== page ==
Indy Star: Let's not rush to lower speed limits

| 7/28/2006

After publishing a special report stating that its own investigative number-crunching revealed more traffic fatalities in the wake of higher speeds, the Indianapolis Star has followed up with an editorial position that the state should not be quick to slow traffic down.

Earlier this week, the Star reported traffic fatalities and speeding tickets have increased in the year since Indiana state lawmakers approved boosting the speed limit for cars and trucks on six interstates, based on the newspaper’s analysis. The Star examined crash data for Interstates 64, 65, 69, 70, 74 and 80/90. Speeding ticket data is specific to zones with 70 mph limits for cars and 65 mph limits for trucks.

According to the Star’s breakdown of data, traffic fatalities have jumped 40 percent along those sections of the highway and citations for speeding have increased 10 percent. The report added that overall deaths on Indiana roads dipped slightly.

On Wednesday, July 26, the Star’s editorial of the day stated the newspaper’s position that “lawmakers should not rush to lower speed limits without further study of crash data.” The editorial hurried to point out that “highway safety is a more complex issue than merely measuring speed.”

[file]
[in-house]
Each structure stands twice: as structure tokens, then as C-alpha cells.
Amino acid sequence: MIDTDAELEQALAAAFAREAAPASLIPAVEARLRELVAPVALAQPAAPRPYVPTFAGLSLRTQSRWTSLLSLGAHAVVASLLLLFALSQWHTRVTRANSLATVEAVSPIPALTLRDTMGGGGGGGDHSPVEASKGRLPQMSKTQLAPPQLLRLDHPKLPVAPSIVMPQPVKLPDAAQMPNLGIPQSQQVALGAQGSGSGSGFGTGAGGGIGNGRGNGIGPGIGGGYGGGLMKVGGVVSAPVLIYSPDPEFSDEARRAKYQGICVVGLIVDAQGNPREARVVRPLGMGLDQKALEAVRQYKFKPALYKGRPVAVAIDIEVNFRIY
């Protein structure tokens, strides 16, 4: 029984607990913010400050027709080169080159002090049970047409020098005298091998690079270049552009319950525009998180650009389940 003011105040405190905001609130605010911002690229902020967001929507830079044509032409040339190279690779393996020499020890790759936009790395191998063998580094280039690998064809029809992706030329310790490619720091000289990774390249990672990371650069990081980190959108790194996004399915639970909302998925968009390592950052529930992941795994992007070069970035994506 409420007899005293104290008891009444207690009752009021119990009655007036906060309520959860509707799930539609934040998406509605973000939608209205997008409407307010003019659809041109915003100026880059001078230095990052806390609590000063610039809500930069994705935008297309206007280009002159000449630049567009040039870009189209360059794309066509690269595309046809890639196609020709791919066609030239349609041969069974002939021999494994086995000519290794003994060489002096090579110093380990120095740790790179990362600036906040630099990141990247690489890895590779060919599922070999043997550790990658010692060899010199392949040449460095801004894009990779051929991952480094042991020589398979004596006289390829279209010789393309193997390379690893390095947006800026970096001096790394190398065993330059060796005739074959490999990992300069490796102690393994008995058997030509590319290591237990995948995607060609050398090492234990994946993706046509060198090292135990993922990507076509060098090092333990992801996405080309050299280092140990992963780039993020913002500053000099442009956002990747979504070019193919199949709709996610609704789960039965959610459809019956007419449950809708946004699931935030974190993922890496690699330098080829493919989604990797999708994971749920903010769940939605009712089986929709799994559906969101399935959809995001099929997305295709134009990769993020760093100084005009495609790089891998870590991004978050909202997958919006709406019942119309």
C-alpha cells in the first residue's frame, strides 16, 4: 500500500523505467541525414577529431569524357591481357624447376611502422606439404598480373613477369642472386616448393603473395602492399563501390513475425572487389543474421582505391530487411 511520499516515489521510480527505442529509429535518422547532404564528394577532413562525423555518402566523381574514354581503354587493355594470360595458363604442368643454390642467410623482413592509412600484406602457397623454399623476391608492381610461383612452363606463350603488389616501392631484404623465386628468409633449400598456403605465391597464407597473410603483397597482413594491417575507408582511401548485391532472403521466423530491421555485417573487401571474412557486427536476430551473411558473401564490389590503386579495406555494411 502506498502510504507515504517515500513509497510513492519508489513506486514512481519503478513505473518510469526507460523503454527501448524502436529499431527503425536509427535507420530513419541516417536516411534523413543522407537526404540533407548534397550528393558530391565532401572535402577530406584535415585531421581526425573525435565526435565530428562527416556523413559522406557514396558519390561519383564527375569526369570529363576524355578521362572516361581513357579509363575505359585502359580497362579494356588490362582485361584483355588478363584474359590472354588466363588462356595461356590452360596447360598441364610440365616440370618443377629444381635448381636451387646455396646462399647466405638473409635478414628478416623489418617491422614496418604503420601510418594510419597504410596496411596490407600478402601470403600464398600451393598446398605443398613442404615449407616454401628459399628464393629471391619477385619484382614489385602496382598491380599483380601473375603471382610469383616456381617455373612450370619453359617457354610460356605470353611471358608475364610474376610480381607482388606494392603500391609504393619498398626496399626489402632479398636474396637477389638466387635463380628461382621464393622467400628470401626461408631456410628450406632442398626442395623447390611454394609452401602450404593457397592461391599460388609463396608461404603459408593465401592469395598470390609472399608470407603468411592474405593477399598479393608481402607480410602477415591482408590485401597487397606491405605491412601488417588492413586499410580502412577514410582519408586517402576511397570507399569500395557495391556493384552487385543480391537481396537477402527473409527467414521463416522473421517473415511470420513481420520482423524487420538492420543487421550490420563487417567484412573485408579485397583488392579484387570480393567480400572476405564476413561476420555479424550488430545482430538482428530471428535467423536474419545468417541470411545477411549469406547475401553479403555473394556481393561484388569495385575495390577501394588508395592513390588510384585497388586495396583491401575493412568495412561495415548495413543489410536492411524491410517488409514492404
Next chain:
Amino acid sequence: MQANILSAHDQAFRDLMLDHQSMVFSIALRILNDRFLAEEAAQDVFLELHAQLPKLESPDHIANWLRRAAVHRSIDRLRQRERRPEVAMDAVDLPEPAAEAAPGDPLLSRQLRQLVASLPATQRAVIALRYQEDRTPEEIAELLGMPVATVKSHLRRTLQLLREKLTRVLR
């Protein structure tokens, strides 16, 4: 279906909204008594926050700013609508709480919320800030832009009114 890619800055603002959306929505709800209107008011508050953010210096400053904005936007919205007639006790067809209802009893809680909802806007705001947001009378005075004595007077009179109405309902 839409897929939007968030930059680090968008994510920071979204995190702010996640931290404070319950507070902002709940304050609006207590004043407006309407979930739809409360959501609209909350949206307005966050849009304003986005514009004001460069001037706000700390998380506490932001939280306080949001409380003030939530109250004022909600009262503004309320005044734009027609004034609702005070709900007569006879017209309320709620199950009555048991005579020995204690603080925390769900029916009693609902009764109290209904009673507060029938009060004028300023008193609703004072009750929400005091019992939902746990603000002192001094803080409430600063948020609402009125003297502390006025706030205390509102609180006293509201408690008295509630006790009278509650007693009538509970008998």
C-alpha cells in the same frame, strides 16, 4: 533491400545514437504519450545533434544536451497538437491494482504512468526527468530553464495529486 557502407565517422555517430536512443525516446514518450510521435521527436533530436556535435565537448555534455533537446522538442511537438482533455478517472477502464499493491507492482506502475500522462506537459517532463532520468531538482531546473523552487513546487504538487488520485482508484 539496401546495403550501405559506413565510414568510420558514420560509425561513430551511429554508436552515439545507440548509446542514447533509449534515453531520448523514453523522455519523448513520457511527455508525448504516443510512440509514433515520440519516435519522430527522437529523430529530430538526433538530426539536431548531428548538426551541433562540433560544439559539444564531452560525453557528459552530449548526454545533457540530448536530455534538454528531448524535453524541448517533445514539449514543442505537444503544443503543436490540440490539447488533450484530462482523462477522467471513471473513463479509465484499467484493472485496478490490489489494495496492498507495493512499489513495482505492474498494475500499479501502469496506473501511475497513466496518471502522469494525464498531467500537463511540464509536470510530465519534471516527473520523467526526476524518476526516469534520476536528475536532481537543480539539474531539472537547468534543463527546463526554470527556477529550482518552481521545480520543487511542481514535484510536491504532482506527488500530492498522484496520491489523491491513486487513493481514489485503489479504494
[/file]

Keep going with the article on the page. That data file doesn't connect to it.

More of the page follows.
The Star stated: “Although a 40 percent increase in fatalities on Indiana interstates in the past year is disturbing and worth further investigation, it should not lead to a rush to roll back speed limits.”

The editorial commented that “if speed were the only factor, there also should have been a significant increase in the number of crashes on interstates with 70-mph limits over the past 12 months. But there wasn’t.”

And beyond the headlines and damning numbers, the editorial pointed out that an increase in speed limits on both interstates and state highways “should have resulted in an overall increase in crashes and fatalities. But wrecks on all Indiana roads dropped from 209,530 to 177,803; overall fatalities decreased from 897 to 836 in the year since speed limits were raised.”

In conclusion, the Star’s editorial sensibly stated that the “increase in fatalities on interstates – from 65 the year before the speed-limit increase to 91 the year after – could be a statistical fluke, a quirk in the nature of the crashes or a result of different weather conditions.”